By Elizabeth Llorente, ,
Published January 11, 2017
U.S. Rep. Cory Gardner, a conservative Republican, beat Democratic incumbent Sen. Mark Udall in one of the most closely watched races in the nation.
Gardner won 51 percent of the vote, and Udall got 43 percent with 71 percent of the precincts reporting.
Gardner's victory put Republicans closer to the six seats they needed to gain control of the Senate, which has had a Democrat majority.
Latinos had a strong turnout, according to Alfonso Aguilar, executive director of American Principles in Action's Latino Partnership, and a former official with the George W. Bush administration. Aguilar, who campaigned for Gardner, helping the candidate with Latino outreach, said that Latinos were about 13 percent of voters who turned out in Colorado.
They comprise about 14 percent of the state's electorate. Latino voters in Colorado have tended to lean Democratic in elections, but Republicans have been gaining.
"It's a good win," Alfonso said. "I do believe he'll be a force for good in the Senate, and be supportive of immigration reform. He supports a path to legal status, and expanding the guest worker program, he's told me this in private conversations."
Aguilar said that exit polls did not break down information on whom Latino voters supported.
"I think Gardner held his own with Latino voters," he said.
The Senate race in Colorado was seen as one of the tightest and most hotly contested. Both candidates vied for the state’s Latino electorate, one of the fastest growing in the nation.
Colorado’s general electorate tends to be split evenly between those who identify or lean toward Republican, and those who identify or lean Democrat.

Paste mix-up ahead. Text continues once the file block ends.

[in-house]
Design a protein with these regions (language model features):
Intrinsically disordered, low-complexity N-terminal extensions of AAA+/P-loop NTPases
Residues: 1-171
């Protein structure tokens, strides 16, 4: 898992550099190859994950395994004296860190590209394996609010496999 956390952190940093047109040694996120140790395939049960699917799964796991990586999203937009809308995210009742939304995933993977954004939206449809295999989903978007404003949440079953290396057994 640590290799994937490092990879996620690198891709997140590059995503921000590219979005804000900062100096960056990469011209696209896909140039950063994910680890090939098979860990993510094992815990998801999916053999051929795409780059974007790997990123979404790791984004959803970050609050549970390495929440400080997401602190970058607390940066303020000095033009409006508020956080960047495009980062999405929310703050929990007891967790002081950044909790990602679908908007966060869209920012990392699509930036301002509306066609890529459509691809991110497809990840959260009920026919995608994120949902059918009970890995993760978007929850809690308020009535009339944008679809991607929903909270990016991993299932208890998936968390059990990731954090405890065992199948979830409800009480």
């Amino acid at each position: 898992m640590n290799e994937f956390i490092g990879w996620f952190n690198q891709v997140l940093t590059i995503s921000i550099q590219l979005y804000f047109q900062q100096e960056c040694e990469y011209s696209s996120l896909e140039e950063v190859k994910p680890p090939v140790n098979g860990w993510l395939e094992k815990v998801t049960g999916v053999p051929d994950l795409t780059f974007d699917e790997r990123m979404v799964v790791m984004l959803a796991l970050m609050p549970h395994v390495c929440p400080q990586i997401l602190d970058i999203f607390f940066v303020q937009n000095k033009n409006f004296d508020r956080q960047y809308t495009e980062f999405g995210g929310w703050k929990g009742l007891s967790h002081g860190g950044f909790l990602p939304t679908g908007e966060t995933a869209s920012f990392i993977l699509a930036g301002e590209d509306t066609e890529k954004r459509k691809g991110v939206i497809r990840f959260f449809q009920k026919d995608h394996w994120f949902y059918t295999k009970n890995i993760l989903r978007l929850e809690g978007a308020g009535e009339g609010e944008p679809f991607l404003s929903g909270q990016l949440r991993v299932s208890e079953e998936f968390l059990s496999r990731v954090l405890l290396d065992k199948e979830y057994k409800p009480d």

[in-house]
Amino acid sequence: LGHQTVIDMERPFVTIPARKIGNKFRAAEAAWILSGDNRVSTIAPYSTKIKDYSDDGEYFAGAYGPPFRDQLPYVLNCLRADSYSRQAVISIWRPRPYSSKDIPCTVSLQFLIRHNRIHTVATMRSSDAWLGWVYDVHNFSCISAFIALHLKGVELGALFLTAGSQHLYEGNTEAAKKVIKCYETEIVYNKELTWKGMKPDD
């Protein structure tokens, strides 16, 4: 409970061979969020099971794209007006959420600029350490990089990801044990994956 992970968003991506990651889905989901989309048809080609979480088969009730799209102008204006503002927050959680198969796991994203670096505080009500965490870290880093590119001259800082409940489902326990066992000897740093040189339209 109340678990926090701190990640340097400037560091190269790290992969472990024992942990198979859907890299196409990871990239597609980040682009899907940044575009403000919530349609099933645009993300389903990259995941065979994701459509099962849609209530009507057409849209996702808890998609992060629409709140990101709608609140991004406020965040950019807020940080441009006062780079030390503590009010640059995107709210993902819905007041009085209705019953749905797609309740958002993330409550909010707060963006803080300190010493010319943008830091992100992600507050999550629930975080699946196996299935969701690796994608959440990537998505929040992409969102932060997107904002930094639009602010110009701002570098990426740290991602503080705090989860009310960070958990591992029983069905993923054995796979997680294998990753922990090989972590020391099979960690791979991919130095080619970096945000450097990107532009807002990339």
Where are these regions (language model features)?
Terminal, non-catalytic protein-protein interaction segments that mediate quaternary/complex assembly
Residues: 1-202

Udall had sought to shake off the shadow of President Barack Obama, whose approval ratings have been low – not unusual for a president in his second term in the Oval Office.
Udall even passed up an opportunity to campaign with Obama, saying he had a scheduling conflict and could not be at a July fundraiser that was to feature the president.
The number of Latino voters in Colorado climbed to more than 20,000 since 2010 – from 144,000 to 162,000, according to the National Association of Latino Elected and Appointed Officials (NALEO).
Polls showed Udall trailing Gardner by a couple of points heading into Election Day. But the state has proven an unreliable one for pollsters in recent election cycles because of underrepresentation of Latino voters, and one poll a week before the election that attempted to correct for that gave Udall the slightest of overall margins.
The rivals accused each other during debates of being disingenuous in their immigration reform stances.
Udall balked at remarks in support of a path to legalization by Gardner, accusing him of flip-flopping from previous hard-line positions on the issue.
Gardner expressed support for the DREAM Act, a measure that would give conditional permanent residency for people brought to this country illegally as children.
The two also clashed on the new health care law, with Udall defending it and Gardner, like many Republicans, criticizing it.
Asked whether he'd vote again for the overhaul, Udall said he would.
As he has done in his campaign, Gardner sought to link Udall with Obama, saying that a vote for Udall is essentially a vote for Obama’s policies.
Udall attempted to paint Gardner an extreme conservative.
Other key elections in the state included that of governor between Gov. John Hickenlooper, a Democrat and former U.S. Rep. Bob Beauprez, a Republican was too close to call as of press date. With 71 percent of the vote in, Beauprez was leading Hickenlooper by a 1.5 percent margin.
Another closely watched race in the 6th Congressional District saw the incumbent U.S. Rep. Mike Coffman, the GOP candidate, defeat Democratic challenger, Andrew Romanoff, by a 12-point margin with 68 percent of the precincts reporting.